Doctor and a child in protective masks are in hospital

As we know, the novel coronavirus is continuing to cause major disruptions in many parts of the world. Information about the virus is being force-fed to the public as much as possible to help contain and curb the virus. And as per what has been shared so far, the virus is supposed to be more dangerous for older people and people with immunodeficiencies. But scientists believe that looking into how the virus affects children is very important to model the pandemic accurately. So let us now take a look at this a little more in detail for better understanding. 

Researchers from the University of Virginia Health System and Houston’s Baylor College of Medicine have authored a commentary in the journal Pediatrics that has some interesting findings. The article says that a small percentage of infected children can actually fall seriously ill, wherein babies and preschoolers are the ones with the highest risk factor. 

The way the human body functions can vary drastically depending on age. Naturally, a child’s body would react in a very different manner to the virus as compared to an adult’s body. And doctors believe that studying this aspect of the coronavirus could potentially help in understanding the disease better. 

The researchers observed that there were subgroups amongst the younger population that were more prone to the virus than others. This included kids who are younger and those that have immunocompromised systems or other pulmonary problems. But the details may not be as clear as they seem because most children who have contracted the virus also experience other viral infections making it difficult to accurately detect and assess the disease.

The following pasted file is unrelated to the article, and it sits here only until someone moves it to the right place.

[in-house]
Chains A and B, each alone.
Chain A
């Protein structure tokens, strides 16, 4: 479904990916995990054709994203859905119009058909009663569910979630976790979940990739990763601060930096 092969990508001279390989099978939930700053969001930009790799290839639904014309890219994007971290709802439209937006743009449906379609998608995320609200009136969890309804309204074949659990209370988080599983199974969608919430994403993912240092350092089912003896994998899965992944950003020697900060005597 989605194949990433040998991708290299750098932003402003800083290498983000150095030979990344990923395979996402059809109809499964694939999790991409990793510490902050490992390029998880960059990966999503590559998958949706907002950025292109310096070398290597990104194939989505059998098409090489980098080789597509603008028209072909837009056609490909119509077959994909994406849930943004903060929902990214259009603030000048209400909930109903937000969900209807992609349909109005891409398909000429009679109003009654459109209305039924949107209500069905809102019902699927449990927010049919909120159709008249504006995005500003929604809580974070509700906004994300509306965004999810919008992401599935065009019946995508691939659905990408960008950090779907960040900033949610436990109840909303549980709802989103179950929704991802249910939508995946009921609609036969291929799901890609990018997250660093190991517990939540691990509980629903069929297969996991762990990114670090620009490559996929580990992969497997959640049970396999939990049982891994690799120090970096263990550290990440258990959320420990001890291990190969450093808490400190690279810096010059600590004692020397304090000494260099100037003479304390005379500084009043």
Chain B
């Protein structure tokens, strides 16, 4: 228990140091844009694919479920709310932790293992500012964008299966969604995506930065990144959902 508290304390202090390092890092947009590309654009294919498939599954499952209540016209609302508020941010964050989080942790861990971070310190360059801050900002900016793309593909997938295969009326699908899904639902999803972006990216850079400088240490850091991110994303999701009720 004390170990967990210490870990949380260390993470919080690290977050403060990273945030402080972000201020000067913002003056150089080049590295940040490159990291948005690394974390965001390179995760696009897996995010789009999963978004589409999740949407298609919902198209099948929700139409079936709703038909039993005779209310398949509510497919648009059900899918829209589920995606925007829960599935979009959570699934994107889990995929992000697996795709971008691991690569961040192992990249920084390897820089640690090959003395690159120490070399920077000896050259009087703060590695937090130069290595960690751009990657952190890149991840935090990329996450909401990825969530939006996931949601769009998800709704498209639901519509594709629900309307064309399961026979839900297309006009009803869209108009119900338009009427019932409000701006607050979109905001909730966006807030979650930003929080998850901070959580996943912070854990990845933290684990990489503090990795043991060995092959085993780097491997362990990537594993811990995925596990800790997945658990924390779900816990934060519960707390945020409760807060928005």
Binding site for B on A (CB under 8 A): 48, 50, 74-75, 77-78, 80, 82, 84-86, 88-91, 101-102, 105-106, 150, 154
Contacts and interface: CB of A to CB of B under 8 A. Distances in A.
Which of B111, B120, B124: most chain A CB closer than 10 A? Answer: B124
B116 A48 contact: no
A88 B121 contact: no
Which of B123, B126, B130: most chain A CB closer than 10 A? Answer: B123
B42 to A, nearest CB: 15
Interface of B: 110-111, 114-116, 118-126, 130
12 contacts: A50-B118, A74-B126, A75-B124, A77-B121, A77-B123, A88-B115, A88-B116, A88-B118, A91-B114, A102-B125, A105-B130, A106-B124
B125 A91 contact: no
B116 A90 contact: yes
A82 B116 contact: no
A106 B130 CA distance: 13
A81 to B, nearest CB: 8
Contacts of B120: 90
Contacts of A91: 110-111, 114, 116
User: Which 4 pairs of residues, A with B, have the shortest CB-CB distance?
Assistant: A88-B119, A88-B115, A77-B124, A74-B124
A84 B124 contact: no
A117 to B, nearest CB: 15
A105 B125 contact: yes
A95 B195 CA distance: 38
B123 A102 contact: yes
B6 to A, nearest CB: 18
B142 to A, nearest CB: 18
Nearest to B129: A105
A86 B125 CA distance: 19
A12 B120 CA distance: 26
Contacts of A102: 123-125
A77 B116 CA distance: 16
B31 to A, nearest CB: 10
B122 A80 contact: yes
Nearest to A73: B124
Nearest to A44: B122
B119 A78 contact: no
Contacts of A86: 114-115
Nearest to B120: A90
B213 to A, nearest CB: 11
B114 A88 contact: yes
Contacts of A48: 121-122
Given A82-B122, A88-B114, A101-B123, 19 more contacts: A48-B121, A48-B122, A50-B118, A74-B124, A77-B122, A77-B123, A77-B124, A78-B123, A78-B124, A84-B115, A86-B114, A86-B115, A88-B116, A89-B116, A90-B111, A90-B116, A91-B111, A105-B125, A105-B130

The researchers further stated that children could also be prime candidates to be carriers of the disease asymptomatically. To prove this, they even included a study that stated how the virus remained in the children’s’ stool even many weeks after detection. Moreover, the possibility of the disease being transmitted through other routes such as nasal secretions could cause even greater problems for schools and the children’s families. 

This study has clearly helped shed light on the fact the younger population is not exempt from the effects of the coronavirus. The immunity of the children may be really strong, but their potential to act as carriers even when they don’t show any symptoms makes taking effective countermeasures an absolute necessity. Failure to follow such preventive protocols could not only assist the virus to affect the children but could also put the older folk in any household at a greater risk. Additionally, since the researchers firmly believe that understanding how the disease works in the body of a younger person can help in uncovering the mysteries behind COVID19, research on this particular topic could prove to be pivotal in the detection and treatment of the disease.

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